Saskatchewan

First Nation kids being short-changed, advocate argues

First Nations children who live on reserve are not getting get their fair share of government money — and it's having an impact on their health, a social services advocate says.

Cindy Blackstock speaking at U of R tonight

Cindy Blackstock, who advocates on behalf of First Nations people about social services issues, is lecturing at the University of Regina's education auditorium at 7 p.m., Jan. 21. (CBC)

First Nations children who live on reserve are not getting get their fair share of government money — and it's having an impact on their health, a social services advocate says.

Cindy Blackstock, executive director of the First Nations Child & Family Caring Society of Canada, says on-reserve children receive 34 per cent less money from the government than children off reserve.

"They're really short-changing these kids," Blackstock told The Morning Edition host Sheila Coles.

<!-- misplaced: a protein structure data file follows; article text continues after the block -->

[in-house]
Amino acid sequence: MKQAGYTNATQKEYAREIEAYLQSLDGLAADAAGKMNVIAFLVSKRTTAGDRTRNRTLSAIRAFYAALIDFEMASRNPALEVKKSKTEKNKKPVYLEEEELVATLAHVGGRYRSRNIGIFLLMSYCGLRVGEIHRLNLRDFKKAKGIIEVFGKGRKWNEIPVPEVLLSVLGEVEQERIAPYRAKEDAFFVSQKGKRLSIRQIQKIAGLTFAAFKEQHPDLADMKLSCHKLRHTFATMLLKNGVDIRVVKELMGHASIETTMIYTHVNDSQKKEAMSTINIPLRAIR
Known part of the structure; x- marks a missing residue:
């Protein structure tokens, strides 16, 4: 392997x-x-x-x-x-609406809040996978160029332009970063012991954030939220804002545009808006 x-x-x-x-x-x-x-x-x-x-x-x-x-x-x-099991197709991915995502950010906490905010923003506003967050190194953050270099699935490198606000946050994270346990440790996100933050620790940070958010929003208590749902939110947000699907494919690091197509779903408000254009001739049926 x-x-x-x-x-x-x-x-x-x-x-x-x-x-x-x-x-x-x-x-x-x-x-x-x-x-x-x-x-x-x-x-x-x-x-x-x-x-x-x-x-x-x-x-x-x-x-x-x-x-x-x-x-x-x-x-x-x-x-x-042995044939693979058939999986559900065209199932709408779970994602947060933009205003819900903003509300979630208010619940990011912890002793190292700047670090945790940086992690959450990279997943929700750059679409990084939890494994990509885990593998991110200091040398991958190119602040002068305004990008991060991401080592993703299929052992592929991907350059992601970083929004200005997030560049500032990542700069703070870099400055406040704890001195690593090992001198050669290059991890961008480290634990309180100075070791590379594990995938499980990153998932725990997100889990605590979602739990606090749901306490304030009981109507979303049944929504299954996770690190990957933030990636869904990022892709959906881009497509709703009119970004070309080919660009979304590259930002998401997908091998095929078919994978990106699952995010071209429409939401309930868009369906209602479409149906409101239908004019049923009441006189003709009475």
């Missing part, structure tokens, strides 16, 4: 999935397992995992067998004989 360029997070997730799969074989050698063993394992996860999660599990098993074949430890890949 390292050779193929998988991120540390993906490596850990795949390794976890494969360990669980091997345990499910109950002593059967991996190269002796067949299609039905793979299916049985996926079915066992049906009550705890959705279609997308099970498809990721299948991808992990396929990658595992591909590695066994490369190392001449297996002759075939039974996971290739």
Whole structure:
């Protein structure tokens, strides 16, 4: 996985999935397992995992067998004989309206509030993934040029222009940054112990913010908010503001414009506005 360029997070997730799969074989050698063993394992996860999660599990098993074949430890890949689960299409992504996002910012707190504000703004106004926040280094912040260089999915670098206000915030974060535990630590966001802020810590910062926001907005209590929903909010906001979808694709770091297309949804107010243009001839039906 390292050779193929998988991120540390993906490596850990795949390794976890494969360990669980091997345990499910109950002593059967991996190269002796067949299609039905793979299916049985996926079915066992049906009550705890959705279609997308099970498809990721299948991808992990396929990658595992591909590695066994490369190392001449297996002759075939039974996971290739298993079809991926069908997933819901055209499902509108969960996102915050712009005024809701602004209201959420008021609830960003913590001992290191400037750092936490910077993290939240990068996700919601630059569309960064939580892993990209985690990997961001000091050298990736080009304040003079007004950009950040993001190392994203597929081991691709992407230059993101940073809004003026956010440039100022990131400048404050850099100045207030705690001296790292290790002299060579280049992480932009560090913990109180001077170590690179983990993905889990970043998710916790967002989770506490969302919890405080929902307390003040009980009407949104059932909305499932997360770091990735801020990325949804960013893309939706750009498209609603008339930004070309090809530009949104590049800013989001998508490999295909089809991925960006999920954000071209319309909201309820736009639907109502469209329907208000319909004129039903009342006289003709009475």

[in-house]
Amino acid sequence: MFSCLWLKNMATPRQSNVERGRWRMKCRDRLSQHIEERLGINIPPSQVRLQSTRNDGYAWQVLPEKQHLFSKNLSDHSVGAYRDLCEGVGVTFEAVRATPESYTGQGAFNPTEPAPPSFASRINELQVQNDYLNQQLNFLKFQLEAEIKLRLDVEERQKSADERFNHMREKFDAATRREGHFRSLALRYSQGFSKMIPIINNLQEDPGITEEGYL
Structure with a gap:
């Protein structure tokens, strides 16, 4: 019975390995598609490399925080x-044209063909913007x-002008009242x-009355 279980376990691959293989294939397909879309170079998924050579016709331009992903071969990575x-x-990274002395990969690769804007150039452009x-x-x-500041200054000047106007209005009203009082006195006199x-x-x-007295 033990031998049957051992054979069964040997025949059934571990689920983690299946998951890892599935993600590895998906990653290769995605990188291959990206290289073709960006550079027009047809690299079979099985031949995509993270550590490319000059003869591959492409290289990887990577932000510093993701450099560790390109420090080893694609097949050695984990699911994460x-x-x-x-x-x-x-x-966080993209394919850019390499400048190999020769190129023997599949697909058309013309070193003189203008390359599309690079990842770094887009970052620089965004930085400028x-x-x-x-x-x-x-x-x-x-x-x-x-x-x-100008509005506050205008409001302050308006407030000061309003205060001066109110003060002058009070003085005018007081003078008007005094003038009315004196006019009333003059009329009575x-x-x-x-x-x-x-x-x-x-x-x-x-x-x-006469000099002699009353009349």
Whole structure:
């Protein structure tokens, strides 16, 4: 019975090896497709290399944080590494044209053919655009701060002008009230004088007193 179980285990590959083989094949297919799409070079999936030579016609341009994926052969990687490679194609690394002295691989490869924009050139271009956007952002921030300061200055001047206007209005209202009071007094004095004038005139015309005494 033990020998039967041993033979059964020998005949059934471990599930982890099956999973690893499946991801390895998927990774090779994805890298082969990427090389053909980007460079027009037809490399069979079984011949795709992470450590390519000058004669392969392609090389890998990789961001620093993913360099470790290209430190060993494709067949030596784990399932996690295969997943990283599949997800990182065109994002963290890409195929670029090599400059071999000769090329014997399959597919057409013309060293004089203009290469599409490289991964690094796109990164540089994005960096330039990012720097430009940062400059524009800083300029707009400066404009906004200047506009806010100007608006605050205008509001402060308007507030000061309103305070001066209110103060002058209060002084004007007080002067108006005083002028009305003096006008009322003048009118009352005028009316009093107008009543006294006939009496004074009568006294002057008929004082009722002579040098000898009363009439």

"We saw documents from the federal government saying this inequality could lead to the potential death rate of these children. They know what the harms are, and they're still not doing the right thing."

Those who argue society can't afford this should think about the long-term costs, she said.

"If we raise a generation of kids who don't have the healthy childhoods that they want, we're going to be paying far more as taxpayers downstream," she said.

Blackstock will be giving a free speech Wednesday night at the University of Regina's education auditorium. The speech starts at 7 p.m. CST.

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